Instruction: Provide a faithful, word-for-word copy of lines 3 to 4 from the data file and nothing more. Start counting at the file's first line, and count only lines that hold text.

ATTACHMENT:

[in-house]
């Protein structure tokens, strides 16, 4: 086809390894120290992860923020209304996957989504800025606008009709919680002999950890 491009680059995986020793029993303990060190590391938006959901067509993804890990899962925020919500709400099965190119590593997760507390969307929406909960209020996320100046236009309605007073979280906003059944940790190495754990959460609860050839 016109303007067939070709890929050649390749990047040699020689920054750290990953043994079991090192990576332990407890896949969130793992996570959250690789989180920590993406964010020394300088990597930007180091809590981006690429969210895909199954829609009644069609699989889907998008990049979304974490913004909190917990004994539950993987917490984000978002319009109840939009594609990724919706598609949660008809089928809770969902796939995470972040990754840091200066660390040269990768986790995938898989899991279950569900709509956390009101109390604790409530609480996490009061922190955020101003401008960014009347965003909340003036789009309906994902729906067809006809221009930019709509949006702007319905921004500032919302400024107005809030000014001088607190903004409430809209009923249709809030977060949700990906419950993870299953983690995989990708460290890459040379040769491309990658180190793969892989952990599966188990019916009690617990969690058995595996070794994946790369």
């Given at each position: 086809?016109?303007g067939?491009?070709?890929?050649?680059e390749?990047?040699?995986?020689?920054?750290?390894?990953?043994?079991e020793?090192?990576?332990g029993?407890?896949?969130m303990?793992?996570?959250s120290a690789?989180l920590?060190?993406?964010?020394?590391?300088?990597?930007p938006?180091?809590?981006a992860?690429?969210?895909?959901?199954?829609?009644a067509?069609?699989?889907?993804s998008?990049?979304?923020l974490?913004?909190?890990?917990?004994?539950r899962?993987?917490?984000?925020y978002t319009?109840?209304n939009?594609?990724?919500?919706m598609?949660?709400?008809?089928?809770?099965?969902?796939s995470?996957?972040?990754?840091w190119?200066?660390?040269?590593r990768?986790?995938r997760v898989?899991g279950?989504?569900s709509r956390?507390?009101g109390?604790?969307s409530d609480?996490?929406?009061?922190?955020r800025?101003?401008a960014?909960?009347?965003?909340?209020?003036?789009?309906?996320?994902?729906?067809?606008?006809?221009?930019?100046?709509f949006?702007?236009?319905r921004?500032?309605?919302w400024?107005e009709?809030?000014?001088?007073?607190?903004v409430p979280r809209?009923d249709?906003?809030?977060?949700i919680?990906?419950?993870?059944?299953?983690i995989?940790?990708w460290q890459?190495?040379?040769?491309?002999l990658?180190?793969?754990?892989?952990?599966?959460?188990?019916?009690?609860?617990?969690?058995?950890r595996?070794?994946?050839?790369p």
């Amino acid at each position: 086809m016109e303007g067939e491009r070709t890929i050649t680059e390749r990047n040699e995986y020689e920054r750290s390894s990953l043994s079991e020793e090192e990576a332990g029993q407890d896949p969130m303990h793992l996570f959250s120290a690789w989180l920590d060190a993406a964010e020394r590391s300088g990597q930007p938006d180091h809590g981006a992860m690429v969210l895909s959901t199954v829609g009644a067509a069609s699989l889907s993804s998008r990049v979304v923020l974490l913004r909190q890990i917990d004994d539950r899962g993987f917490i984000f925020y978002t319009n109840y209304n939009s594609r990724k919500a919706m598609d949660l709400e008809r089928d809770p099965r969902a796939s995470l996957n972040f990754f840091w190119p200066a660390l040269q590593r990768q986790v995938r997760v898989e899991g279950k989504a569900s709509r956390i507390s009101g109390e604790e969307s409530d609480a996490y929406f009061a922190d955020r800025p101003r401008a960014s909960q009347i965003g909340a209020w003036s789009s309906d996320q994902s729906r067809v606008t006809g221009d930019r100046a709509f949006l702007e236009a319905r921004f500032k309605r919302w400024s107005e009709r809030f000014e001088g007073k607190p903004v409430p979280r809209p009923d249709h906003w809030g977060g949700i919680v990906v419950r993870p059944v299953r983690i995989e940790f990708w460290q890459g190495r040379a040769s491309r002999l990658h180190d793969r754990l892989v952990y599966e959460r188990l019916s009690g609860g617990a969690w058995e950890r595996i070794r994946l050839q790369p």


């Given at each position: 086809?016109?303007g067939?491009?070709?890929?050649?680059e390749?990047?040699?995986?020689?920054?750290?390894?990953?043994?079991e020793?090192?990576?332990g029993?407890?896949?969130m303990?793992?996570?959250s120290a690789?989180l920590?060190?993406?964010?020394?590391?300088?990597?930007p938006?180091?809590?981006a992860?690429?969210?895909?959901?199954?829609?009644a067509?069609?699989?889907?993804s998008?990049?979304?923020l974490?913004?909190?890990?917990?004994?539950r899962?993987?917490?984000?925020y978002t319009?109840?209304n939009?594609?990724?919500?919706m598609?949660?709400?008809?089928?809770?099965?969902?796939s995470?996957?972040?990754?840091w190119?200066?660390?040269?590593r990768?986790?995938r997760v898989?899991g279950?989504?569900s709509r956390?507390?009101g109390?604790?969307s409530d609480?996490?929406?009061?922190?955020r800025?101003?401008a960014?909960?009347?965003?909340?209020?003036?789009?309906?996320?994902?729906?067809?606008?006809?221009?930019?100046?709509f949006?702007?236009?319905r921004?500032?309605?919302w400024?107005e009709?809030?000014?001088?007073?607190?903004v409430p979280r809209?009923d249709?906003?809030?977060?949700i919680?990906?419950?993870?059944?299953?983690i995989?940790?990708w460290q890459?190495?040379?040769?491309?002999l990658?180190?793969?754990?892989?952990?599966?959460?188990?019916?009690?609860?617990?969690?058995?950890r595996?070794?994946?050839?790369p």
């Amino acid at each position: 086809m016109e303007g067939e491009r070709t890929i050649t680059e390749r990047n040699e995986y020689e920054r750290s390894s990953l043994s079991e020793e090192e990576a332990g029993q407890d896949p969130m303990h793992l996570f959250s120290a690789w989180l920590d060190a993406a964010e020394r590391s300088g990597q930007p938006d180091h809590g981006a992860m690429v969210l895909s959901t199954v829609g009644a067509a069609s699989l889907s993804s998008r990049v979304v923020l974490l913004r909190q890990i917990d004994d539950r899962g993987f917490i984000f925020y978002t319009n109840y209304n939009s594609r990724k919500a919706m598609d949660l709400e008809r089928d809770p099965r969902a796939s995470l996957n972040f990754f840091w190119p200066a660390l040269q590593r990768q986790v995938r997760v898989e899991g279950k989504a569900s709509r956390i507390s009101g109390e604790e969307s409530d609480a996490y929406f009061a922190d955020r800025p101003r401008a960014s909960q009347i965003g909340a209020w003036s789009s309906d996320q994902s729906r067809v606008t006809g221009d930019r100046a709509f949006l702007e236009a319905r921004f500032k309605r919302w400024s107005e009709r809030f000014e001088g007073k607190p903004v409430p979280r809209p009923d249709h906003w809030g977060g949700i919680v990906v419950r993870p059944v299953r983690i995989e940790f990708w460290q890459g190495r040379a040769s491309r002999l990658h180190d793969r754990l892989v952990y599966e959460r188990l019916s009690g609860g617990a969690w058995e950890r595996i070794r994946l050839q790369p």